I said, “Brr, it’s cold in here!”

Ordinary hexagonal dendrite snowflake, highly ...

Ordinary hexagonal dendrite snowflake, highly magnified. Photo credit: Wikipedia)

Let’s go from talking about shorts and warm weather to talking about the post-run deep freeze phenomenon! The weather’s been all over the place lately, so I feel like my blog topics might as well be, too. There’s something zen in there, right? Being in harmony with nature?

A couple weeks ago, putting on shorts triggered all kinds of unhappy body image demons for me; yesterday, they let me off the hook as far as emotional pain is concerned, and I wish I could say the same for physical pain. To be fair, I can’t put all the blame on my shorts, especially since I’m the one who forgot to put on Body Glide before heading out for a long run. My inner left thigh is still a very, very angry red color and the pain is not something I will soon forget. As you can imagine, I was incredibly relieved to be able to wear a pair of capris on my run this morning. Was I totally pain free? No. Did I at least feel better than I did at the end of my run yesterday? Yes.

Unfortunately, wearing capris on a run is, in my case, a sign that the temperature has dropped (usually into the 40s although I do sometimes wear them when it’s in the 50s. Capris are my favorite), and when the temperature outside drops, the temperature in my body seems to go with it. Whenever it’s on the cool side, I have to be extra careful about how long I spend exposed to the elements once I’ve stopped running. Not long after I finish running, my lips begin to turn a rather disturbing shade (unless you enjoy looking like a corpse), my skin gets covered in goosebumps, and my body starts shivering convulsively. I’ve gotten used to it at this point, but as I sit here describing it, I realize it sounds a little bit scary. On days when it’s cold, my post-run routine includes taking a hot shower and piling on layers of warm, dry clothing. If I can, I’ll get under a few blankets. Sometimes I’ll drink some tea as well. It can take a couple hours for the chills to go away.

Is this normal?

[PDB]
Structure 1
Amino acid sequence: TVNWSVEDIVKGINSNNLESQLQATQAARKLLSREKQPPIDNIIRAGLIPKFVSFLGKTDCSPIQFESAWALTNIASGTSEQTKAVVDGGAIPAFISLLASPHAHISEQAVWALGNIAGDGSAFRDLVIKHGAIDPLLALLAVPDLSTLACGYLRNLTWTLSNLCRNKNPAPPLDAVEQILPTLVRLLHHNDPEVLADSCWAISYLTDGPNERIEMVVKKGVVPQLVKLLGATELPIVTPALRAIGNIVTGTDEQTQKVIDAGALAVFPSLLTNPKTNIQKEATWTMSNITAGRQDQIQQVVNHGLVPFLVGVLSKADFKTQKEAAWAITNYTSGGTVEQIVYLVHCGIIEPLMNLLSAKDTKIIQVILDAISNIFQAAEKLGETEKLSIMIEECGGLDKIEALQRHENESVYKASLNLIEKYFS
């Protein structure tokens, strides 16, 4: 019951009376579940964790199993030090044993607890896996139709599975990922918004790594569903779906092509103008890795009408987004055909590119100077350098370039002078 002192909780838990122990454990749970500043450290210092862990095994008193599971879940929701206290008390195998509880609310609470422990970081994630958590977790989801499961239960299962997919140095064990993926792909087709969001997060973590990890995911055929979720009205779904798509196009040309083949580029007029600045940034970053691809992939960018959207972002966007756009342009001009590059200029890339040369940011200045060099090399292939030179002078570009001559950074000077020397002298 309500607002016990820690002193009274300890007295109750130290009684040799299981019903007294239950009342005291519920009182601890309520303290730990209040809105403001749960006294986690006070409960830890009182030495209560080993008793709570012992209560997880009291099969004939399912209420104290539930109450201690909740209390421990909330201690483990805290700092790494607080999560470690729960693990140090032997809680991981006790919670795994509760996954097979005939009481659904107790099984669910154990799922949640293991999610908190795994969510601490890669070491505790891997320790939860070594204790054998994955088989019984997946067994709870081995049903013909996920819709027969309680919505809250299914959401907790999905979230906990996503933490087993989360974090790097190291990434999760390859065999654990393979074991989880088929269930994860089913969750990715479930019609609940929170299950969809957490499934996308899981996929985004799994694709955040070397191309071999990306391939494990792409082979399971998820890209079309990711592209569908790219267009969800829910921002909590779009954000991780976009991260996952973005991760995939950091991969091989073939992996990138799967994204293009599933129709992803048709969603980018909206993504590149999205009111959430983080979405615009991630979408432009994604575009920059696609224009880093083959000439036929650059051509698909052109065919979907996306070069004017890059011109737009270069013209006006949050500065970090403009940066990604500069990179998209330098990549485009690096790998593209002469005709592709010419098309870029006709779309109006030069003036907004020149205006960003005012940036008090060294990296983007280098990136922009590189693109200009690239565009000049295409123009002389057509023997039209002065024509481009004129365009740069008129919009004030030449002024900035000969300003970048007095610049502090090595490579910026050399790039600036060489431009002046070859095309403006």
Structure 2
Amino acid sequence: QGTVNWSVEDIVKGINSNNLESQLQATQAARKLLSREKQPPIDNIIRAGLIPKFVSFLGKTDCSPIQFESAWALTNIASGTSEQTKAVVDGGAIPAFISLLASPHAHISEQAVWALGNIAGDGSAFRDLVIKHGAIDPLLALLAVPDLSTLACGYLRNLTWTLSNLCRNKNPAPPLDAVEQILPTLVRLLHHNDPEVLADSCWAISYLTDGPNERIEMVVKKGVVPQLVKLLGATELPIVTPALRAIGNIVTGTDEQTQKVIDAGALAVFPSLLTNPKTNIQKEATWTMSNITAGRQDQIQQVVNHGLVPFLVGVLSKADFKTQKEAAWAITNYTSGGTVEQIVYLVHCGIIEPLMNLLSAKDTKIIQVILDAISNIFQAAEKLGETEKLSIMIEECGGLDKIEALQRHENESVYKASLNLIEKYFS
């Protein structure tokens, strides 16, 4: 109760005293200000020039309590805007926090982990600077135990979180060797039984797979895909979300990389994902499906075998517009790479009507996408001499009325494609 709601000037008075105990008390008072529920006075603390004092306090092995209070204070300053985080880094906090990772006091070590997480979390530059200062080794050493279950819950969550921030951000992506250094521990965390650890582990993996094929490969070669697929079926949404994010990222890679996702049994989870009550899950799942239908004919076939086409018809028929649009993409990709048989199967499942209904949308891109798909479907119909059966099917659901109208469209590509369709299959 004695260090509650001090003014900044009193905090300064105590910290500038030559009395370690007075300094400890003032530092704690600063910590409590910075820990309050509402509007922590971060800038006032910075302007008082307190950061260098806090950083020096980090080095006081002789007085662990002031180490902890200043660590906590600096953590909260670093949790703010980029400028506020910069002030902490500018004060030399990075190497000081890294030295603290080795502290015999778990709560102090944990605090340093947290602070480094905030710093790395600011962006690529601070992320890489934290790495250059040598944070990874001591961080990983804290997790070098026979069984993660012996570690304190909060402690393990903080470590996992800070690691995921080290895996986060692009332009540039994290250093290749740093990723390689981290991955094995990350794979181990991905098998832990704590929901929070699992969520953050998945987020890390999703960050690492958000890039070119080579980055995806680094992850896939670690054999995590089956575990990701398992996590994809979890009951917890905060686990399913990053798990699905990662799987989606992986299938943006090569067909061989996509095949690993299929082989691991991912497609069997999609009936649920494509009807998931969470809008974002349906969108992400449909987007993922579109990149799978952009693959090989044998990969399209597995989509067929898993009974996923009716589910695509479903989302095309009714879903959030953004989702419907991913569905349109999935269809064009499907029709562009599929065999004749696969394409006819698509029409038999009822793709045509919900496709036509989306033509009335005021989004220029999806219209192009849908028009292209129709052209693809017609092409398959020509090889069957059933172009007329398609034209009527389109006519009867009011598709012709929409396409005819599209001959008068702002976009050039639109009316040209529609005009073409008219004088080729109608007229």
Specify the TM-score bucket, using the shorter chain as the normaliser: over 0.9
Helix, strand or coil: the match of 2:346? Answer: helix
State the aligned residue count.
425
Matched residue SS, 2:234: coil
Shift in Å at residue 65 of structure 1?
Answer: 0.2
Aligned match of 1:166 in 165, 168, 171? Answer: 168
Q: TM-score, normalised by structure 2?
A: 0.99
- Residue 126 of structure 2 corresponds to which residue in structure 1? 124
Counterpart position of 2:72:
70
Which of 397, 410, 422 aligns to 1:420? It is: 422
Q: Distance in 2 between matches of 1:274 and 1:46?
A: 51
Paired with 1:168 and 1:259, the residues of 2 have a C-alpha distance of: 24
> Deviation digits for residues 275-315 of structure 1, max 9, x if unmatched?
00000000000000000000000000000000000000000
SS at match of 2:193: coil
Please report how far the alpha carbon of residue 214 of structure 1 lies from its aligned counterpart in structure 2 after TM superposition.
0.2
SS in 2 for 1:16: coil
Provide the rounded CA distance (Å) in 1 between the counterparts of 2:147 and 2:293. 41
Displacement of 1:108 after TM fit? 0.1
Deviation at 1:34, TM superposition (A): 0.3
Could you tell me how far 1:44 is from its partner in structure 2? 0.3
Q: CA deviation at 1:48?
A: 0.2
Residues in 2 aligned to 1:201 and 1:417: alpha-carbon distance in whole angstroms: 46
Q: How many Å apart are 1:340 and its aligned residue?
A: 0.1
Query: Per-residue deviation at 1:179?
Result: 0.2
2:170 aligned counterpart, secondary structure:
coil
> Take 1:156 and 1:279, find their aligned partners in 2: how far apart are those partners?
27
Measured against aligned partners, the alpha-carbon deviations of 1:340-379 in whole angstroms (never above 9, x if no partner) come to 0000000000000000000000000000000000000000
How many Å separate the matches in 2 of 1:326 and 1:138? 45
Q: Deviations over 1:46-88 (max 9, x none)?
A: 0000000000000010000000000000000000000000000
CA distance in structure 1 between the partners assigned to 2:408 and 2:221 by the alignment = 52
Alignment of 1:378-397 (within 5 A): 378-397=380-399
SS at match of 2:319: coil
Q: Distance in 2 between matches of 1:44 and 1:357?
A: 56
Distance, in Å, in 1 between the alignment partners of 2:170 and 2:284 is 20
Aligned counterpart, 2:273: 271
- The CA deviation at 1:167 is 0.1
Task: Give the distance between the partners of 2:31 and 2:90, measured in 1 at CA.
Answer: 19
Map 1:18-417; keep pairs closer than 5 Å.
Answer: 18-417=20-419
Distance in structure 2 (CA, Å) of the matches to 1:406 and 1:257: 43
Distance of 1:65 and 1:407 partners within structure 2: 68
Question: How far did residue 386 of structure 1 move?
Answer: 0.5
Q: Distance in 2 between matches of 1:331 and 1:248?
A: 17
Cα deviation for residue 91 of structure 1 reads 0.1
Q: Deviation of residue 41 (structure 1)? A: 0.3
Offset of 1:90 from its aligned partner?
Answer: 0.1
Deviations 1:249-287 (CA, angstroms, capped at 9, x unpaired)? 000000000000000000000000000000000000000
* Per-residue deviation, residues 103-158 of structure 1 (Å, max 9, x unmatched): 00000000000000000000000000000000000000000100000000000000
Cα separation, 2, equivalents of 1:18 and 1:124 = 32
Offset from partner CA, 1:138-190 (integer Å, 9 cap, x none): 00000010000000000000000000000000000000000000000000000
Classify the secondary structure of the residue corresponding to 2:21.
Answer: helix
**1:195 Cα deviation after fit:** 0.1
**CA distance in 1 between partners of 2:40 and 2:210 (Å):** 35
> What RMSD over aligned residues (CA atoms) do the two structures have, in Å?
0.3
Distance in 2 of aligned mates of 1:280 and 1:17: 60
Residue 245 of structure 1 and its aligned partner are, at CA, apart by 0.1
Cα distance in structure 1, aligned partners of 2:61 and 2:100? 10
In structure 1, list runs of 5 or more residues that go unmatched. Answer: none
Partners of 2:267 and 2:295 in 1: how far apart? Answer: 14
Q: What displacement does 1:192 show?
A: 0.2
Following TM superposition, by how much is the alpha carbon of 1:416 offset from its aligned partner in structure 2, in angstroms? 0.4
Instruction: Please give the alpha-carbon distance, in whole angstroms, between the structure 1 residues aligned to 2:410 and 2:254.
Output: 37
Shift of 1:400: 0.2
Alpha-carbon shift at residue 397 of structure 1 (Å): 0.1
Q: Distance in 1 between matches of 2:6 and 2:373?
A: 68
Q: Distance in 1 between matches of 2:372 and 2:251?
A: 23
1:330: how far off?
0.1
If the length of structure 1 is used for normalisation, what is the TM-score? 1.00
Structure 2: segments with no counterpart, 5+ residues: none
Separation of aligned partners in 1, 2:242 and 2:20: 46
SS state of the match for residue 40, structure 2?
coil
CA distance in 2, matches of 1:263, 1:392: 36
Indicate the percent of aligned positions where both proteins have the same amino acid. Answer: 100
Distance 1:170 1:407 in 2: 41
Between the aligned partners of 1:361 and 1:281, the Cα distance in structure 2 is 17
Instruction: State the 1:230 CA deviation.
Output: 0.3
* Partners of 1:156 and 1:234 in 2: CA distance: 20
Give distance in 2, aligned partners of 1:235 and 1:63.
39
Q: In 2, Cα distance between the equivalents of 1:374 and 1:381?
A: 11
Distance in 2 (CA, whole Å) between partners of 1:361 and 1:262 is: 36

Honestly, I have no idea. Judging by the fact that I was approached by a race volunteer after my first marathon and told I should probably get medical attention because I looked hypothermic, I sort of think it might not be. But apparently it’s not that far from normal, so that’s comforting, right? The Internet is surprisingly deficient when it comes to the relationship between exercise and body temperature; however, I was able to find an article (albeit a short one) that offers an explanation as to what causes the body temperature drop:

After you stop exercising, the rate at which your body produces heat decreases, while the mechanisms you use to dissipate heat remain in operation until your core temperature returns to its normal level. Your core temperature doesn’t drop below normal levels, however, unless another health condition is involved. Normal resting core temperatures can range from 97.7 to 99.5 degrees Fahrenheit. It may take a little time before elevated temperature during exercise returns to normal.

I’m not doctor, but this seems plausible. On the other hand, I want to believe that a drop in body temperature is 100% normal and absolutely nothing to worry about–I mean, who wants to find out that there’s something wrong with them? Not me, anyway. Is it possible that since I’m normally pretty cold (it’s not unusual for my hands and feet to feel cold as ice, even in the summer) I’m just more susceptible to chills after a run?

Oddly enough once it gets warm out, I feel like I never stop sweating during and after a run. It’s entirely possible that my body just likes living on the edge, and I’ll always be a woman of extremes. It would be nice if those extremes didn’t involve either chattering teeth or dripping sweat, though.

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3 comments

  1. I am right there with you on the cold thing. When it is below 40′ outside, I am generally fine on the run, but once I get back, I am FREEZING! I usually head straight for the shower….a long one. Then I blow-dry myself…

    1. It never occurred to me to blow-dry myself! I’ll have to try that one sometime. Also, good to hear that I’m not the only one who deals with this…

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